Aseptic packaging sustainability: Vol. 3 – SUP and net plastic content
In the second episode of our brand-new series “Aseptic packaging sustainability”, we talked about Global Warming Potential, i.e. a widely-used method to compare the impact of different greenhouse gas emissions over a 100-year time horizon, through a common baseline identified in the form of 1 ton of CO2.
Moving forward onto the next topic, in part three we are finally having a look at the so-called “net plastic content”, that is the overall amount of plastic contained in each type of packaging.
Powered by the insane sights of massive garbage patches floating in the water – 85% of marine pollution is indeed due to plastic waste - and threatening our ecosystem, the movement to cut the use of fossil-based plastics has never been so popular and high in the global agenda.
Now, when it comes to packaging, the amount of plastic detectable in each type of container – whether it is carton bricks or PET and glass bottles -, has become a key indicator, that people and governments look at to try and reduce their own footprint.
The new EU Single-Use Plastics Directive
The Single-Use Plastics Directive passed by the European Union in 2019 is a clear sign of the holistic effort to curb such environmental damage and turn off the tap of endless plastic pollution.
Setting a wide-reaching legislative framework, SUP Directive eventually came into force in July 2021 and includes a broad set of measures, such as product bans, design requirements, plastic bottles collection targets, Extended Producer Responsibility (EPR) obligations and awareness-raising actions.
As for packaging and containers, the SUP directive set a mandatory goal for EU member states, requiring them to collect 77% of single-use plastic bottles with caps and lids by 2025, with an ultimate target of 90% by 2029.
In compliance with the design requirements, all manufacturers are also expected to use 25% recycled content in PET beverage bottles by 2025, bringing it to a further 30% in all plastic bottles by 2030. Moreover, starting from July 2024, single-use plastic products will only be allowed to enter the market if caps and lids remain attached to the containers over their entire life cycle – especially during the intended use stage -.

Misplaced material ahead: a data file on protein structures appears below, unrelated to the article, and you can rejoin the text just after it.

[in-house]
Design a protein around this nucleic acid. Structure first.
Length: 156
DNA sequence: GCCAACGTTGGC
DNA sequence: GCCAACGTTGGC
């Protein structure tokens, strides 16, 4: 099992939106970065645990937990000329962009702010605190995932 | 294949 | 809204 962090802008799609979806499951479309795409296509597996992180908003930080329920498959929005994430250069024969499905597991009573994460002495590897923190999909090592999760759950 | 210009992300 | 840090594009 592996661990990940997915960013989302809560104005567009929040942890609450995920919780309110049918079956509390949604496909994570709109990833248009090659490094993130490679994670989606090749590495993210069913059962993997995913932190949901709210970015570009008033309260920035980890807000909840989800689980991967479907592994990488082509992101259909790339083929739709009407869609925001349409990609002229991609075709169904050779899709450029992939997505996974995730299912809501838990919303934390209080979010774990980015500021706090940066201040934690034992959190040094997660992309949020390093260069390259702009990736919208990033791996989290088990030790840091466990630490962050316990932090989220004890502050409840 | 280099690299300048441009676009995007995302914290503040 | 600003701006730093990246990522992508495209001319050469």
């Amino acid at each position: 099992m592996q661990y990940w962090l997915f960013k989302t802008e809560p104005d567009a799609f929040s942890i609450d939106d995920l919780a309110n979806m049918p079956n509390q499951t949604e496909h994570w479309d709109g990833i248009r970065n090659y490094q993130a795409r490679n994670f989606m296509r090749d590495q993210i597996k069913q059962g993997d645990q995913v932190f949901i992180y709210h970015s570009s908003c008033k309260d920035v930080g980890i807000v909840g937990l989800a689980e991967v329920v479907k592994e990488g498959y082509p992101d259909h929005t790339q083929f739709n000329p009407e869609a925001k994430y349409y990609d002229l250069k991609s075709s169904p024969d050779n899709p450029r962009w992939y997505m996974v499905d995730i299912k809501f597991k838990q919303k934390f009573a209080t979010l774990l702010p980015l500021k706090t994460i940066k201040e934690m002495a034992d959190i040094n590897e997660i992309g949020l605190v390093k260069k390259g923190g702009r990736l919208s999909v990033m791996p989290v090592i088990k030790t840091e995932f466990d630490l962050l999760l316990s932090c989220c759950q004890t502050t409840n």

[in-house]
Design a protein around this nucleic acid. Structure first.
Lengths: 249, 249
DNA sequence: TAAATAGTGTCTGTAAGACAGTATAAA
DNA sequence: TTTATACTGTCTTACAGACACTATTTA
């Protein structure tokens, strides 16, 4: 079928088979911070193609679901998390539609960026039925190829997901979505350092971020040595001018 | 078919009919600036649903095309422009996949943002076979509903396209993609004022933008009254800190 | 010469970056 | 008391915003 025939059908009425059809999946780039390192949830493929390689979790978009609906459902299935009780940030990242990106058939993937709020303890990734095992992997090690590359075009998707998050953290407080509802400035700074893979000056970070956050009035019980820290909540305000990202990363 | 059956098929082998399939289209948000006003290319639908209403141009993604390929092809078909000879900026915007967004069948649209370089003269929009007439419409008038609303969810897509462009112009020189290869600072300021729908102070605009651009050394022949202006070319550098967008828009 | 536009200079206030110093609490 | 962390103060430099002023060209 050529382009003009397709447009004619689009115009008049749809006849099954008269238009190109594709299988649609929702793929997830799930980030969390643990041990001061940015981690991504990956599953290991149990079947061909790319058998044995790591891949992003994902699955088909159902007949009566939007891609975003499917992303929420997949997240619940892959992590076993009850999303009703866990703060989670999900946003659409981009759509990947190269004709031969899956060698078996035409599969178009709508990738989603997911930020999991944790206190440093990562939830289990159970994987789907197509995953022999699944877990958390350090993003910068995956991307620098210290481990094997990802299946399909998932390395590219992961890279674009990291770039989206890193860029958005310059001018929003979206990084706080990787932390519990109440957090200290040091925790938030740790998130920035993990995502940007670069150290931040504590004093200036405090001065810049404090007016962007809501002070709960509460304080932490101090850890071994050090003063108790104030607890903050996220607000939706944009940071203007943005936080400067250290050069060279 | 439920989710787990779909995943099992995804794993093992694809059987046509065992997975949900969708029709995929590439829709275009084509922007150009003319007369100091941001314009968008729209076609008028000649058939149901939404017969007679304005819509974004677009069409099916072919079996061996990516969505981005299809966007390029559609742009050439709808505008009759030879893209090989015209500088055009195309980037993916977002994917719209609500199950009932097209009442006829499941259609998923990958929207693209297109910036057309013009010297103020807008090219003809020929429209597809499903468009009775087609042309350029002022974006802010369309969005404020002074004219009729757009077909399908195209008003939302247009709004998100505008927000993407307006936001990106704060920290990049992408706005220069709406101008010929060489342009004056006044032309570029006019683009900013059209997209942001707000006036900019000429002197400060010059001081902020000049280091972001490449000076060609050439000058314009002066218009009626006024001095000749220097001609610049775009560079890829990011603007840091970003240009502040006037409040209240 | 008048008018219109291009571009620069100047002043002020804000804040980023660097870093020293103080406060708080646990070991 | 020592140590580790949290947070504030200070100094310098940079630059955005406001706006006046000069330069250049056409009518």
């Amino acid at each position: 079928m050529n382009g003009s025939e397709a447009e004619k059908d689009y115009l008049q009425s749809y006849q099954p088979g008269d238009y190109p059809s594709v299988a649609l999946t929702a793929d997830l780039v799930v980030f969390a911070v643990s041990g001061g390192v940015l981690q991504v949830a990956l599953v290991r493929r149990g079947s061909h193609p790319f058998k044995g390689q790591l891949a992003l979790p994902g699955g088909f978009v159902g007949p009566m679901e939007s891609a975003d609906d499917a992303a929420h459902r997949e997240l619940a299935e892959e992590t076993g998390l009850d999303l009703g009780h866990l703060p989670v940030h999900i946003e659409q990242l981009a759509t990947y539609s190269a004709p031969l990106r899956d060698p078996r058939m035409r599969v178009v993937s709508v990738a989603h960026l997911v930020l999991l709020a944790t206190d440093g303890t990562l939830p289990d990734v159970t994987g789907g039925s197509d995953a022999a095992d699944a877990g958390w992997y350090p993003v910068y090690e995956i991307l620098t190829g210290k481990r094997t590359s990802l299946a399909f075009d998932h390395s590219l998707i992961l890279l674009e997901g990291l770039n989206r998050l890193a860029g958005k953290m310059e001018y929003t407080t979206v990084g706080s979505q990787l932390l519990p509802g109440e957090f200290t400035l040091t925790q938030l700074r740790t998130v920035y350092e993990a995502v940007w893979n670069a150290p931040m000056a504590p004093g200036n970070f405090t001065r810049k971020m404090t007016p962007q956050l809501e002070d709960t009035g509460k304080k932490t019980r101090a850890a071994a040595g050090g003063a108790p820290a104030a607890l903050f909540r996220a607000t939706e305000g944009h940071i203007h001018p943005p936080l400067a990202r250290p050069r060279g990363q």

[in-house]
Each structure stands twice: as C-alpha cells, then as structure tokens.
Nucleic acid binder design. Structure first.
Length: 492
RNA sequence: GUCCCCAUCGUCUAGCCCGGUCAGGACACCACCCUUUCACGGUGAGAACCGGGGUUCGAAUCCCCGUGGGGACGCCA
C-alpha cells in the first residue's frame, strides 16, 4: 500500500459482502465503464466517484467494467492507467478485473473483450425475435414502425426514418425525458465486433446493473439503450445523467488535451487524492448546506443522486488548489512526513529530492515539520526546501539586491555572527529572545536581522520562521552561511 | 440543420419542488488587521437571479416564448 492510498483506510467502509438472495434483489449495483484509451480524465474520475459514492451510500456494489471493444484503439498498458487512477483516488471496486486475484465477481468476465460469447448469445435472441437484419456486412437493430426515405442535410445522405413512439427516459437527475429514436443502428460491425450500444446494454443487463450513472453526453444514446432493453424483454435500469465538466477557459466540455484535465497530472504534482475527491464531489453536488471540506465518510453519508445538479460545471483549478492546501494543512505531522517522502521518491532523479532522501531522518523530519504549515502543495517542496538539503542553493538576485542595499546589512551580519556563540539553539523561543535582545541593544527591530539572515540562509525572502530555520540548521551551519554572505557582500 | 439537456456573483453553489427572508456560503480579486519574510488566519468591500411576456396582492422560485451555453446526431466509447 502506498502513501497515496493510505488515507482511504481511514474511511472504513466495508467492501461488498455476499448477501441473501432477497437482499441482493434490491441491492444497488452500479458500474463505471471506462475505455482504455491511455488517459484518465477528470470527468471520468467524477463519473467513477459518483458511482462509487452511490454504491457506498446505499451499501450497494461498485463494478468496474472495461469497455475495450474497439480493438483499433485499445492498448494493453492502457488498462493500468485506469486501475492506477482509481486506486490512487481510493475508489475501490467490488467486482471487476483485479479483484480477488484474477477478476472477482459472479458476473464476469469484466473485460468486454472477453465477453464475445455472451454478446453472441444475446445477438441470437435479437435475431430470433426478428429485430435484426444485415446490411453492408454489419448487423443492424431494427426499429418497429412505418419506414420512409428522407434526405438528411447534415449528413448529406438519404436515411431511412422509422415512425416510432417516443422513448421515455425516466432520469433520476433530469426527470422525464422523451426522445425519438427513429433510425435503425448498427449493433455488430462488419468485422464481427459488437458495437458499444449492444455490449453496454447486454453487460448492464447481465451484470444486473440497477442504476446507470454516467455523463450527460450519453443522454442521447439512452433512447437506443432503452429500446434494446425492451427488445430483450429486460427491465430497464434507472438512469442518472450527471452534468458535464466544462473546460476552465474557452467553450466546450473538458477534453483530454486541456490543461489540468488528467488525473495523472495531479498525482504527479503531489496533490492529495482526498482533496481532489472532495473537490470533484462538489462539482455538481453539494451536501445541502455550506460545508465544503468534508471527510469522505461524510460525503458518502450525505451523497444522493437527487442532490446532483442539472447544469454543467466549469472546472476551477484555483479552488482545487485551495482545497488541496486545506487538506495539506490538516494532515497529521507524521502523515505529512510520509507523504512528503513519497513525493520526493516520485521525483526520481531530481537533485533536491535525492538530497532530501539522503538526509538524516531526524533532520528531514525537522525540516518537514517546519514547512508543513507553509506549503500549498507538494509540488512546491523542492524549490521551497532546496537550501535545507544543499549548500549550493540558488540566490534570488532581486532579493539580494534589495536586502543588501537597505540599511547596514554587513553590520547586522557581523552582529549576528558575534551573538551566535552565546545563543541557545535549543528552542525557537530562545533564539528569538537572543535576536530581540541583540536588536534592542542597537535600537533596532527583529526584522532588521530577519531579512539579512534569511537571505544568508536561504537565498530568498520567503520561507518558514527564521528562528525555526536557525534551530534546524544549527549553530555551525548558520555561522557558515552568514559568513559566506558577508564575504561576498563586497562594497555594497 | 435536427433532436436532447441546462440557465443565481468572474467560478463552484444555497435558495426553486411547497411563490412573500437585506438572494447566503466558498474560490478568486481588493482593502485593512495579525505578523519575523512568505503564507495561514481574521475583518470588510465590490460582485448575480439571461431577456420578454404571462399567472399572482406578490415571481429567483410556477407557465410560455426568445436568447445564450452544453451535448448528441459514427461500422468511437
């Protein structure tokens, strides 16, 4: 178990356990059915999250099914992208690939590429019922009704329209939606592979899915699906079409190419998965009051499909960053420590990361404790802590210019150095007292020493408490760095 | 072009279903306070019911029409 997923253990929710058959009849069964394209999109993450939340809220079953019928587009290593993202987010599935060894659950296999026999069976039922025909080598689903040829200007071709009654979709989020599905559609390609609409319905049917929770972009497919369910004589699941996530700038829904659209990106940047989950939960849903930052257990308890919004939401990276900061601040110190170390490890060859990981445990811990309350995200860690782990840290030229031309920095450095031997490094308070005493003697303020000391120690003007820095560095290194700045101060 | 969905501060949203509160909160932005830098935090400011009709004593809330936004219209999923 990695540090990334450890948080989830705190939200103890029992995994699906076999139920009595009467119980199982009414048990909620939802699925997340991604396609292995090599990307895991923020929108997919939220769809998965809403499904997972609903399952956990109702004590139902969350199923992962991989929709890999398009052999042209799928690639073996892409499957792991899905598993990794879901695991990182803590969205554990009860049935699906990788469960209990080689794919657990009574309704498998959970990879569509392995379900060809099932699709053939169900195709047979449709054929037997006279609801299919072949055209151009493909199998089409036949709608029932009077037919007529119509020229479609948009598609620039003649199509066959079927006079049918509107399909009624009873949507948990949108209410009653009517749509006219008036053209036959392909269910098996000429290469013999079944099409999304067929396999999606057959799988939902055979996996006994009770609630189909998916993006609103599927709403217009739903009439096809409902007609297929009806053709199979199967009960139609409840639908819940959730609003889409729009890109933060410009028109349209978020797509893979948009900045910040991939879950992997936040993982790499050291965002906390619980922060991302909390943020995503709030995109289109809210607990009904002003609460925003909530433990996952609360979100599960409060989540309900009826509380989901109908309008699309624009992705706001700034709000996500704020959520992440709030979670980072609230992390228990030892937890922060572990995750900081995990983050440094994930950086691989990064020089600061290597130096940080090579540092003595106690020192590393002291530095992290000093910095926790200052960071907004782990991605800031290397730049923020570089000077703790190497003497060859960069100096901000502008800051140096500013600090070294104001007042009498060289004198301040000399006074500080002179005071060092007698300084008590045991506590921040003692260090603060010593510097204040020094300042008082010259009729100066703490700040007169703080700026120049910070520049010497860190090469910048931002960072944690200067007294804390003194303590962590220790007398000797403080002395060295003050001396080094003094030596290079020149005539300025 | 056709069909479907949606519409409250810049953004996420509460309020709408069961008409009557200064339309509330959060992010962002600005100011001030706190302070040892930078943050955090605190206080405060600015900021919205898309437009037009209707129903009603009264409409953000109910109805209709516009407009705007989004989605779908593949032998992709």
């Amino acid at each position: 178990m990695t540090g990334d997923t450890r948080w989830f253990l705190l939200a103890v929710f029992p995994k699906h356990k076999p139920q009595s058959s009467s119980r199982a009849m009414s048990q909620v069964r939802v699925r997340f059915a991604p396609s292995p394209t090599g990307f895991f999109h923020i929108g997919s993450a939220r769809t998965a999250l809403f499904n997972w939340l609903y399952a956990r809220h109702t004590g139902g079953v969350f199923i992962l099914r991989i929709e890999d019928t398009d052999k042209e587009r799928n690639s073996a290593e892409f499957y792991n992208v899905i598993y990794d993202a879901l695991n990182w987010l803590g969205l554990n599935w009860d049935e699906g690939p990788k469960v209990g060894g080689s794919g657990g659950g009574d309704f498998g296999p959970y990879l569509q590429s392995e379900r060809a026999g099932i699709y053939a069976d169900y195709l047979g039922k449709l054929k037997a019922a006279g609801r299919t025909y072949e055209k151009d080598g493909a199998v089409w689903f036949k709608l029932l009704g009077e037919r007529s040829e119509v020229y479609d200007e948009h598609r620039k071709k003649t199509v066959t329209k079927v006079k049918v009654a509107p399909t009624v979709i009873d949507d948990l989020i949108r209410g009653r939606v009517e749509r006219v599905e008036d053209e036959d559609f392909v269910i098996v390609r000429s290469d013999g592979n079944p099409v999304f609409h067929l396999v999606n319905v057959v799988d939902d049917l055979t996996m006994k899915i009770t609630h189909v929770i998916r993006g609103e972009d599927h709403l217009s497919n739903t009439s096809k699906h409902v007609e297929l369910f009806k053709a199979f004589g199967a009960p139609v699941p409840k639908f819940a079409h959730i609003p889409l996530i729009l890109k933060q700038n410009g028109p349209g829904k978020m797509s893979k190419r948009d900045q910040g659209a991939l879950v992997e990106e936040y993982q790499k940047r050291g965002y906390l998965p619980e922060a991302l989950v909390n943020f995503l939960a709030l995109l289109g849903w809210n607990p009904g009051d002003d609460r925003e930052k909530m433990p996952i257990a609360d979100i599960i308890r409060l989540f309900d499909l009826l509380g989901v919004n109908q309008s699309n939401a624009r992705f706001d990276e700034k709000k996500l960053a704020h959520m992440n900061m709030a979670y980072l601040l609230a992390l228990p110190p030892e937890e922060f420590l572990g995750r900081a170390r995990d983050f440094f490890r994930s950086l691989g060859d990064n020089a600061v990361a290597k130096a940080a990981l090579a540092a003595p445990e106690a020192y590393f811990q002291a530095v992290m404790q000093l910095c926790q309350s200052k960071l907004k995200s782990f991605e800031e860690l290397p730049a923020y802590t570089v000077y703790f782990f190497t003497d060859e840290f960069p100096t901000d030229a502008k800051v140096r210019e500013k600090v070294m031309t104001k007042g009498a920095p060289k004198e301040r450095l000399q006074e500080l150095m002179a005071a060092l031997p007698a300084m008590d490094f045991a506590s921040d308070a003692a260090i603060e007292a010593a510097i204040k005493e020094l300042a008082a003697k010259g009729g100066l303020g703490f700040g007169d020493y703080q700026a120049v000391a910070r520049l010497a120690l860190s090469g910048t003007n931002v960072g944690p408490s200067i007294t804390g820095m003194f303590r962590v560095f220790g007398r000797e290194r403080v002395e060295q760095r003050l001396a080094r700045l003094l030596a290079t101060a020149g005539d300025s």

Net plastic content: are carton bricks less dependent on plastic?
Aside from glass bottles, from a net plastic content point of view, today aseptic beverage cartons are the go-to option for those who are trying to less their impact on the environment, being low-carbon, recyclable packaging solutions that are less dependent on plastic compared to other types of PET bottles and containers.
According to FH Campus Wien circular analytic and a detailed report by audit company Deloitte, if EU recycling and collecting goals for PET bottles set for 2025 and 2030 are to be met, they would most likely result in a recycling output rate of 63% for a 90% collecting rate.
Now, depending on the mass of PET bottle, continue researches from FH Campus Wien, “this will result in a plastic consumption of 11 to 14 g per liter”, which, in the end, is slightly larger than beverage cartons, which on its own, without even considering the recycling process, require between 5 and 12 g of plastic per liter.
What it means, is that aseptic cartons have a much lower plastic consumption than PET bottles, which are, of course, comprised of 100% plastic; in other words, even if 90% of all PET bottles are collected eventually, “they will still consume more plastic compared to beverage cartons”.
Carton bricks are, indeed, made of a multilayer material featuring about 75% paperboard deriving from wood fibers and a some very thin layers coming from aluminum and plastic – or other synthetic polymers – which, however, can be easily produced from bio-based raw materials too, such as sugar cane. And the same goes bio-based caps and paper straws, both of which are obtained from renewable sources.
Of course, the figures may vary slightly, depending on the packaging’s size, shape and function but what stands out is that aseptic cartons featuring materials mainly made from wood fibers, have a significantly higher green, renewable component than other packaging solutions.
In part four of our brand-new series we will move the discussion forward and dive into the advantages of going aseptic by having a look at the overall efficiency of each type of packaging, trying to understand which one has the lowest gram per liter ratio.
To follow us along our journey into aseptic technology, become a member of our LinkedIn community and stay up-to-date on our activities.